GreenPirogue
GreenPirogue

One question I had was that if you telework (and live in another state), should you still give notice in person? And when is the standard two-week notice not enough?

Too Old For IT
Too Old For IT

Throw a little party , and have the kick off with "Take This Job and Shove It". Some places and mangers simply deserve the very best!

ljenning
ljenning

Question about giving notice in writing. Is this usual today? Is it even necessary? On "advance notice" comments above... I'm in tech in the financial sector. If I were to take a job in another finance company, I'd be shown the door the minute I let by boss know. It's the policy but I find it ridiculous - I could have messed/stolen whatever before I gave notice. On the other hand, a few years ago I did give notice to my current employer. I was truly sick and tired of the scene - been here too long. They offered me options, one of which was to work from home 3 out of 5 days. I took it and have been on a rotating contract ever since. My advice - stay on good terms and don't burn your bridges... might work out better than you think.

mwclarke1
mwclarke1

I believe in most all of the topic. However I am not sure about notice, really depends, most companies to day do not honor any notice, some may have a valid reason. I feel in some circumstances a two week notice is not necessary or deserved, but that goes to not burning any bridges so may still want to consider it. regardless best to be very careful how one leaves and and discussion with anyone on why. The law is not on your side always, only when can be proved someone broke the law. I am referring to information gathered during a hiring/interview process. Many companies I have worked for will prod and ask questions to everyone they can with the previous employer(s) even though not supposed to. and sometimes, when a current employee knows a buddy at the interviewee's former/current employer, boss has current employee call his buddy at the other company to find out all the dirt they can. Happens more than people think. So best not to leave with burning bridges with anyone. Also be careful what you say in an exit interview, does not stay private. Only raise major concerns if affecting more than you leaving the company at the same time. No one needs to know the real reason. Also, refusing to provide an exit interview may look bad.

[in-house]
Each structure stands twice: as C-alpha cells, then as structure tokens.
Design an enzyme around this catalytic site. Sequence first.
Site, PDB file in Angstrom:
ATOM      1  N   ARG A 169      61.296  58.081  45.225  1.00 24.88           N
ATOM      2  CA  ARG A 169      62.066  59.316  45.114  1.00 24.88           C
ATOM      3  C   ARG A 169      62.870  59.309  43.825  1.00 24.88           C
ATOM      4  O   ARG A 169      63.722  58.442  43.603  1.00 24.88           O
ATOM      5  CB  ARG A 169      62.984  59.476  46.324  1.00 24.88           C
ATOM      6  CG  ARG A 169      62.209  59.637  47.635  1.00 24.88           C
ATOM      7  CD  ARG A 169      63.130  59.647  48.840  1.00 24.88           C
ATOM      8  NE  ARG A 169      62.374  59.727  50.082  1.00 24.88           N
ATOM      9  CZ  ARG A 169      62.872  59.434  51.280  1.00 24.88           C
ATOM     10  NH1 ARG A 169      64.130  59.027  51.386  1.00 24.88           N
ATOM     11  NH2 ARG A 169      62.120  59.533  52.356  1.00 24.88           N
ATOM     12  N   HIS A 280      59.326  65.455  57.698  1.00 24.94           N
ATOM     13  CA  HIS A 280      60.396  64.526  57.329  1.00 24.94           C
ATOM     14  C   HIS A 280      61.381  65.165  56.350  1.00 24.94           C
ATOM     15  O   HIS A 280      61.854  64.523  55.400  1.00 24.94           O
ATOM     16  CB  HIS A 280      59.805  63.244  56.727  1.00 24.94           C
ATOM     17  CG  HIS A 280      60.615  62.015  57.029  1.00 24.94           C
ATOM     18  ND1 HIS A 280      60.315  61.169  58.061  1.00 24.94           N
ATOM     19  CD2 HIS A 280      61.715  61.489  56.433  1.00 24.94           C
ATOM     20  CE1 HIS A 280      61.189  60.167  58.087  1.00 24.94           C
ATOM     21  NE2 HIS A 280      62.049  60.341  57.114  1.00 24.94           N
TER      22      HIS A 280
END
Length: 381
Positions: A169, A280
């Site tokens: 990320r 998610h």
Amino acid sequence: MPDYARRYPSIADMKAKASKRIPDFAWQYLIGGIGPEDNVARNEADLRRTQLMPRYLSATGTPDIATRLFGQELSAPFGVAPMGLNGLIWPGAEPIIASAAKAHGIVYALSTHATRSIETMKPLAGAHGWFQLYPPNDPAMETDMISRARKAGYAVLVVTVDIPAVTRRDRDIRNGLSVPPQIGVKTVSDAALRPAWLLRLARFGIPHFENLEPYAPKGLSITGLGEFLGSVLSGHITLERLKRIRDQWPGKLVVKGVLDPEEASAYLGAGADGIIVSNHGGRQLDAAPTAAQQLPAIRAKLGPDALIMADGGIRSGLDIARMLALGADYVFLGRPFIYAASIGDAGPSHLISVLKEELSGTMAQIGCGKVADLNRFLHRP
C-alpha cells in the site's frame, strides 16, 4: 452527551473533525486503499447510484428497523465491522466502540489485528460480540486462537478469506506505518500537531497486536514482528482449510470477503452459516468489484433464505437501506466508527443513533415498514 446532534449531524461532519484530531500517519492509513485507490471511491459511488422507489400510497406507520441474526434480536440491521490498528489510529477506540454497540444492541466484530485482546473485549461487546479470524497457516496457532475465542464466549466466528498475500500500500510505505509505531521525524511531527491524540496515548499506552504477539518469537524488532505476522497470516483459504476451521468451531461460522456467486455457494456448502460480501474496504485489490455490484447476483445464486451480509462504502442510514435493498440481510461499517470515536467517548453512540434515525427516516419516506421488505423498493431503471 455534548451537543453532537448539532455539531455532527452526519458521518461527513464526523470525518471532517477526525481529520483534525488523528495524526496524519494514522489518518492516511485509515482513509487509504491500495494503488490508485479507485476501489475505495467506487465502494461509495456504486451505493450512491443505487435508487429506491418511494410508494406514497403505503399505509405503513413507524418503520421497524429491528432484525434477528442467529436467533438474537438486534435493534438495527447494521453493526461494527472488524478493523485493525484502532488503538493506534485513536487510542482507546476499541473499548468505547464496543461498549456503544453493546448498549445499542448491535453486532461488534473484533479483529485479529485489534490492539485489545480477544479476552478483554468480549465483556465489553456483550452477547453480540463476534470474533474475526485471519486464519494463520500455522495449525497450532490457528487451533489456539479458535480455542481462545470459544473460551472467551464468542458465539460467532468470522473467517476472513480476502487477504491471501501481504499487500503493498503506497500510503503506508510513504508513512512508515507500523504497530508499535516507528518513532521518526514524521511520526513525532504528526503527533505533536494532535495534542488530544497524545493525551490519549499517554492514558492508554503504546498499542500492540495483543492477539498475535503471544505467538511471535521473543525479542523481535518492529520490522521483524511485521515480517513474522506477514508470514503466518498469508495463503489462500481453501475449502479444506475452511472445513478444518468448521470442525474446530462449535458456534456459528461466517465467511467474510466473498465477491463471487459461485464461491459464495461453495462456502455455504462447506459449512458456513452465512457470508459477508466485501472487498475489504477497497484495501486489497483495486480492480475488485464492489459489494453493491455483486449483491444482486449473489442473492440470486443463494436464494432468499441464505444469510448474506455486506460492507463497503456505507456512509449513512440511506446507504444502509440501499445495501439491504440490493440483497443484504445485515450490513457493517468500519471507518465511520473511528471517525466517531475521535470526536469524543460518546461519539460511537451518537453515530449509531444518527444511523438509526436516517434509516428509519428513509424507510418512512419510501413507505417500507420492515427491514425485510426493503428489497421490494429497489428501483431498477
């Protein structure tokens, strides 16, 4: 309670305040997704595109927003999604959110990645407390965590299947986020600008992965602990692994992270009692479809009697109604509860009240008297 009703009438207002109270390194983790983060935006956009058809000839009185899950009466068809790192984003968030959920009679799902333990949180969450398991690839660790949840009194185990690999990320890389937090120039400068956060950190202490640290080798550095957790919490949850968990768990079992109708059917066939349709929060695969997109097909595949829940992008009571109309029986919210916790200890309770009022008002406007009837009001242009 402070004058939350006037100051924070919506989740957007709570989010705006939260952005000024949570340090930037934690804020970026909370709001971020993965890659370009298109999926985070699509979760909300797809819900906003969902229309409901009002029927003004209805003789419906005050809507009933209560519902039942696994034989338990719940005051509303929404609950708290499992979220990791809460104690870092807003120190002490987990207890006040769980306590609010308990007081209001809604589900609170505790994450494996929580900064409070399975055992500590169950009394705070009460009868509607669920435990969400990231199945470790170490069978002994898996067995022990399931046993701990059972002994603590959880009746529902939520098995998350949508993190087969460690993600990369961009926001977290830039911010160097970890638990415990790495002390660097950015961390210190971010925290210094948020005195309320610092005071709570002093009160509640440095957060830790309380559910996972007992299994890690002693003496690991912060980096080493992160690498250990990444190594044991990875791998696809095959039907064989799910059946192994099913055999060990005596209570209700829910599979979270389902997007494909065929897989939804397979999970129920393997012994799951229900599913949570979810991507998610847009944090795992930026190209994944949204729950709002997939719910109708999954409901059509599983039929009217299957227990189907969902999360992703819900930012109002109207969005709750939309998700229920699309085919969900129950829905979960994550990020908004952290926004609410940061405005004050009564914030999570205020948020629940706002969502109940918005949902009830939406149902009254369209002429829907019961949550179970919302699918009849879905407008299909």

CCIE Agent
CCIE Agent

I like the creative approach myself but a new job is a little different than winning a 10mil lottery! Still with today's social media you can do almost anything but remember that stuff on the ether can follow you around for a long time. So buck the new media, walk in sit down and in a personal and politically correct way say, "Take this job and shove it!" No matter how you say it the message will sound like you just quoted Johnny Paycheck anyway but be gentle.

CCIE Agent
CCIE Agent